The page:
For the Night of 22 July 2010
North Korea: At the ASEAN Regional Forum meeting in Hanoi, Vietnam, a North Korean spokesman said on Thursday that the joint South Korea-U.S. naval exercises and fresh sanctions against Pyongyang are major threats to peace and security on the Korean Peninsula and destroy the "mood" for dialogue.
The spokesman restated the North's willingness to return to Six Party nuclear talks but only on condition of acceptance as an equal, meaning with recognition that North Korea is a nuclear armed state.
The downturn in the "mood" is not sufficient to cause the North to break off military talks. The North agreed to attend the second round of colonel-level talks about the sinking of the South Korean corvette last March. Xinhua reported the talks began at 1000 Korea time at Panmunjom, during this Watch.
North Korea-Japan: For the record. The following is a report from Tokyo-based NHK World in English.
"North Korea's state-run media may have deliberately re-used part of a news story on the country's leader, Kim Jong Il, from last year to show that he is alive and well."
"The Korean Central Broadcasting Station and other state-run media reported on Tuesday (20 July) that Kim attended a performance by a chorus group formed mainly by workers from a Pyongyang cotton mill."
"Radio Press, a Tokyo-based news agency, that monitors broadcasts from North Korea, says the content of the story is similar to a piece about Kim's visit to a concert that ran on November 22nd last year."
"About 2 minutes of the current story featuring Kim's comments on workers and art was the same, word for word. Radio Press believes North Korean media re-used last year's news item."
Comment: This is a vintage propaganda tactic to hide the health condition of the dear leader. The North has been caught doing this previously by Japanese or South Korean media. The target of the deception is the North Korean population. It works against them.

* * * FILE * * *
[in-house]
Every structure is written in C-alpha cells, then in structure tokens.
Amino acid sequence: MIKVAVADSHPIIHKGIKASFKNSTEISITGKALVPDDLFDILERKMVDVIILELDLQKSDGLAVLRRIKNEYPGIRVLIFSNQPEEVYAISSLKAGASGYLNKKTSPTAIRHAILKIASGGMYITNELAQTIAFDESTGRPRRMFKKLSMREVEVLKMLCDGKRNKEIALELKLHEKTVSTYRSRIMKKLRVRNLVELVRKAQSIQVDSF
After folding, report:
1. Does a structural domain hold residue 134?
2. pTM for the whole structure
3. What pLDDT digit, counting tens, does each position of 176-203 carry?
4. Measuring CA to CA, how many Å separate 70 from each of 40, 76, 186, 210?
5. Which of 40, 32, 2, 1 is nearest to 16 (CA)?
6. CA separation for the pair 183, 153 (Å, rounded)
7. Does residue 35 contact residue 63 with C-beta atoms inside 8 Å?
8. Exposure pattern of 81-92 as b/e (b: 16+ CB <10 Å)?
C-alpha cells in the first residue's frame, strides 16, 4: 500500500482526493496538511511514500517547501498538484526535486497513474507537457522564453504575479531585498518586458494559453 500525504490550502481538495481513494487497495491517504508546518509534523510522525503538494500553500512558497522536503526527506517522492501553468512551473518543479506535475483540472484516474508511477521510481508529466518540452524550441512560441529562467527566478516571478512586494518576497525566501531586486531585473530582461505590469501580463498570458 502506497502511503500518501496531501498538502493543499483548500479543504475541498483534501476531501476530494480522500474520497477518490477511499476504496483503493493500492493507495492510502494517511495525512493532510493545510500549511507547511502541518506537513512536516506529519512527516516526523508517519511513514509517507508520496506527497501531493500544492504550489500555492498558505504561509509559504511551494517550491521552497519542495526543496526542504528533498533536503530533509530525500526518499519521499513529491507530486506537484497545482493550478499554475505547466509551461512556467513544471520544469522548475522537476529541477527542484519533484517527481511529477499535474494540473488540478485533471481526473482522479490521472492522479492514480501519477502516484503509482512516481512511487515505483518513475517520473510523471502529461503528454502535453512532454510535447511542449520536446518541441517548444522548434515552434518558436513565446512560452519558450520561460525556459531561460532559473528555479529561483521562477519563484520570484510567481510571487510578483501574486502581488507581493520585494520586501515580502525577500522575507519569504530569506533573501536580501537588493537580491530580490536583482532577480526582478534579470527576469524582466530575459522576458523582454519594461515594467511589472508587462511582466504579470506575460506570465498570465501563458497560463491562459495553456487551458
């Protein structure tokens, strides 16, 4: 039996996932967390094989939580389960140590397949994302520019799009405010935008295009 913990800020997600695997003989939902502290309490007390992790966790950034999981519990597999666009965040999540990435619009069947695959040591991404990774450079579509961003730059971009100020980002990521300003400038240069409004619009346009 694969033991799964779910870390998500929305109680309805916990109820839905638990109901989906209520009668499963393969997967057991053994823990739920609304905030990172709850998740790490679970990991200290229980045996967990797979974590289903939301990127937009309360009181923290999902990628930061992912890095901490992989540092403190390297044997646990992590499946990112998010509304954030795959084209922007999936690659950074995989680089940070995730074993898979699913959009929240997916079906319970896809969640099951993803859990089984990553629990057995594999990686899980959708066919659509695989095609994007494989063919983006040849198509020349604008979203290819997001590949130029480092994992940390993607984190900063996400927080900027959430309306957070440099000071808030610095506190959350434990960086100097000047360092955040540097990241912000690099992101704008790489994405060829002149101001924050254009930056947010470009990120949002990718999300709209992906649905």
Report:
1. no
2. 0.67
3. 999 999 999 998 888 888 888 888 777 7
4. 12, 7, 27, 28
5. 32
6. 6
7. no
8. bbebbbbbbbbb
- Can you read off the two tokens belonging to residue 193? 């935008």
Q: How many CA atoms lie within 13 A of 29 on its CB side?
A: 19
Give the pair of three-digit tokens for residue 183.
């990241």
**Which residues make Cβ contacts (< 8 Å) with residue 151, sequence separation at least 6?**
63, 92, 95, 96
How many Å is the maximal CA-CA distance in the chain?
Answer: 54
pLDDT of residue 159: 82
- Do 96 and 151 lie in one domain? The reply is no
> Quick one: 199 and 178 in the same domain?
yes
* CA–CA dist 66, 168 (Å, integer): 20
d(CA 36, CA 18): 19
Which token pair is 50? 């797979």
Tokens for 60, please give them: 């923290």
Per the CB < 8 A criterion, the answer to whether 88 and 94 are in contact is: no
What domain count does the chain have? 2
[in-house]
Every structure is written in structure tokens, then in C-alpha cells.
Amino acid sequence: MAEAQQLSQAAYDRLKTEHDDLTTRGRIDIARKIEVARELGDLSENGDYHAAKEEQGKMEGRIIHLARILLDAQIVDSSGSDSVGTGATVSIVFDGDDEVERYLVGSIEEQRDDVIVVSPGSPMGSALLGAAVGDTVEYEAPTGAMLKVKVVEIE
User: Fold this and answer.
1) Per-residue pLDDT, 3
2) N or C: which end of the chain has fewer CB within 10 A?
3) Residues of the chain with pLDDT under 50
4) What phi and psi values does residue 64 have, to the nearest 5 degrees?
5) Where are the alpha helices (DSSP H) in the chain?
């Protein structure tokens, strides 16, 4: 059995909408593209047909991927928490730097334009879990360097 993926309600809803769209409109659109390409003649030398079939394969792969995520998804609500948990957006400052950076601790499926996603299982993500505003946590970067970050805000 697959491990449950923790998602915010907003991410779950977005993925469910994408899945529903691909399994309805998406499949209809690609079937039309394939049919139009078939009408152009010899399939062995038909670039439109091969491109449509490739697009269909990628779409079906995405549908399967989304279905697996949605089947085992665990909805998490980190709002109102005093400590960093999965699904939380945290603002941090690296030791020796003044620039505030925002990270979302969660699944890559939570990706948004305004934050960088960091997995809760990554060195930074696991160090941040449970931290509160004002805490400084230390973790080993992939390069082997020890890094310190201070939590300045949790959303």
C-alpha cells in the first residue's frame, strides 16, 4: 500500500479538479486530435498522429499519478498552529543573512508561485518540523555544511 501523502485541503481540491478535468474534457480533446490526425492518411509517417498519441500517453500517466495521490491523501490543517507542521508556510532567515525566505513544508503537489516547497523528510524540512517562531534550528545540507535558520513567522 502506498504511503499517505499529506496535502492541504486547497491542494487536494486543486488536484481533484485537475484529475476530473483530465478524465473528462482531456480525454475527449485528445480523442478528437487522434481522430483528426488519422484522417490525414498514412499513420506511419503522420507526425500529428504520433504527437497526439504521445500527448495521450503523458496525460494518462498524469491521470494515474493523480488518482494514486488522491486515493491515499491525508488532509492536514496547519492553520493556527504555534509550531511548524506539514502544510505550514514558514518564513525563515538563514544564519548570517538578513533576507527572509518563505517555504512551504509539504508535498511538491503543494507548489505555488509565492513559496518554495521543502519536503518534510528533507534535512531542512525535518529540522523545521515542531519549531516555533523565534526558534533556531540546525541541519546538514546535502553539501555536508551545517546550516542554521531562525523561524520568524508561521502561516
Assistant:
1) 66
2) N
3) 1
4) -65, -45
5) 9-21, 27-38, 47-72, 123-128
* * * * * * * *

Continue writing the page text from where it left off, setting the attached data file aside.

China-North Korea: An unidentified Chinese official told South Korea's Yonhap News that China has acquired the rights to use a second port in northeastern North Korea., the port of Chongjin.
Since 2008, Chinese commercial companies have had access to the small port of Rajin, in far northeastern North Korea. This is part of the Chinese plan to rejuvenate and develop industrial centers in China's northeast. From China's Shenyang Province, use of North Korean ports on the Sea of Japan for export trade saves time and costs, compared to using Chinese ports on the Yellow Sea.
An official at the Tumen city government in northeast China said that a Chinese state company has now also obtained the right to use the port of Chongjin, about 70 kilometers south of Rajin and a major North Korean port and industrial center.
The Chinese official also said that North Korea and China also have agreed to allow Chinese companies to use North Korea's railways from Tumen to Chonjin. The series of agreements would "facilitate trade from Tumen." He said the Chinese company that struck the deal to use the port of Chongjin will use it to carry out shipping agreements with three Chinese companies.
Comment: In mid-July North Korea granted Chinese fishermen the right to harvest octopus off the northeast coast near Chongjin. The volume and value of the trade are difficult to determine because the North Korean economy has contracted. What is clear is that poor economic conditions have induced the leadership to license some of the North's resources -- the antithesis of the national ideology of self-reliance.
Pakistan: In an address to the nation, Prime Minister Gilani said, "in the best interest of the country, in my capacity as the prime minister I have decided to grant an extension to General Kayani for a period of three years starting from 29 November 2010 while adopting relaxation in the existing policy after holding consultations with President Asif Ali Zardari."
Comment: The only uncertainty was whether Kayani would be extended for two or three years. The other point worth noting is the Prime Minister granted the extension -- his first major military appointment since parliament restored the power of senior military appointments to the Prime Minister last year. During the Musharraf era until last year, the president alone had this authority.